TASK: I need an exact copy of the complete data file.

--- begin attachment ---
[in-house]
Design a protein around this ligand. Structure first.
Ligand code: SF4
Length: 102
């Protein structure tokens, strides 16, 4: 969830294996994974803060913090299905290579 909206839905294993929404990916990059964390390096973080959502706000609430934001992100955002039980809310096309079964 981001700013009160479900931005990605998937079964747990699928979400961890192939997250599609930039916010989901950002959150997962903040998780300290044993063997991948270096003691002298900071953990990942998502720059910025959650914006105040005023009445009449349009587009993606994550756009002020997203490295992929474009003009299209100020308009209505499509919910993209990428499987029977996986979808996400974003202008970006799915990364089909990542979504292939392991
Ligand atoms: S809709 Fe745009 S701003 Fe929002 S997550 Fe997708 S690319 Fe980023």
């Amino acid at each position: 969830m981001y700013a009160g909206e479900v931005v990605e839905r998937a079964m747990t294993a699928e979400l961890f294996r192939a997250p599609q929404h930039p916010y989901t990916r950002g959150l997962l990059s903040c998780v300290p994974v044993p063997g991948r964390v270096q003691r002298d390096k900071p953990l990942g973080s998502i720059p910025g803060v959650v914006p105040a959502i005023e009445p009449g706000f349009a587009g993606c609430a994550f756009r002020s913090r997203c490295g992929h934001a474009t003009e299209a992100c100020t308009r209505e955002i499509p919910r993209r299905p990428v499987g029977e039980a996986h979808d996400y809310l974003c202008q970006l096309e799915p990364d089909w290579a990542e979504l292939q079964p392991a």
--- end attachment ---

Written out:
[in-house]
Design a protein around this ligand. Structure first.
Ligand code: SF4
Length: 102
């Protein structure tokens, strides 16, 4: 969830294996994974803060913090299905290579 909206839905294993929404990916990059964390390096973080959502706000609430934001992100955002039980809310096309079964 981001700013009160479900931005990605998937079964747990699928979400961890192939997250599609930039916010989901950002959150997962903040998780300290044993063997991948270096003691002298900071953990990942998502720059910025959650914006105040005023009445009449349009587009993606994550756009002020997203490295992929474009003009299209100020308009209505499509919910993209990428499987029977996986979808996400974003202008970006799915990364089909990542979504292939392991
Ligand atoms: S809709 Fe745009 S701003 Fe929002 S997550 Fe997708 S690319 Fe980023």
């Amino acid at each position: 969830m981001y700013a009160g909206e479900v931005v990605e839905r998937a079964m747990t294993a699928e979400l961890f294996r192939a997250p599609q929404h930039p916010y989901t990916r950002g959150l997962l990059s903040c998780v300290p994974v044993p063997g991948r964390v270096q003691r002298d390096k900071p953990l990942g973080s998502i720059p910025g803060v959650v914006p105040a959502i005023e009445p009449g706000f349009a587009g993606c609430a994550f756009r002020s913090r997203c490295g992929h934001a474009t003009e299209a992100c100020t308009r209505e955002i499509p919910r993209r299905p990428v499987g029977e039980a996986h979808d996400y809310l974003c202008q970006l096309e799915p990364d089909w290579a990542e979504l292939q079964p392991a």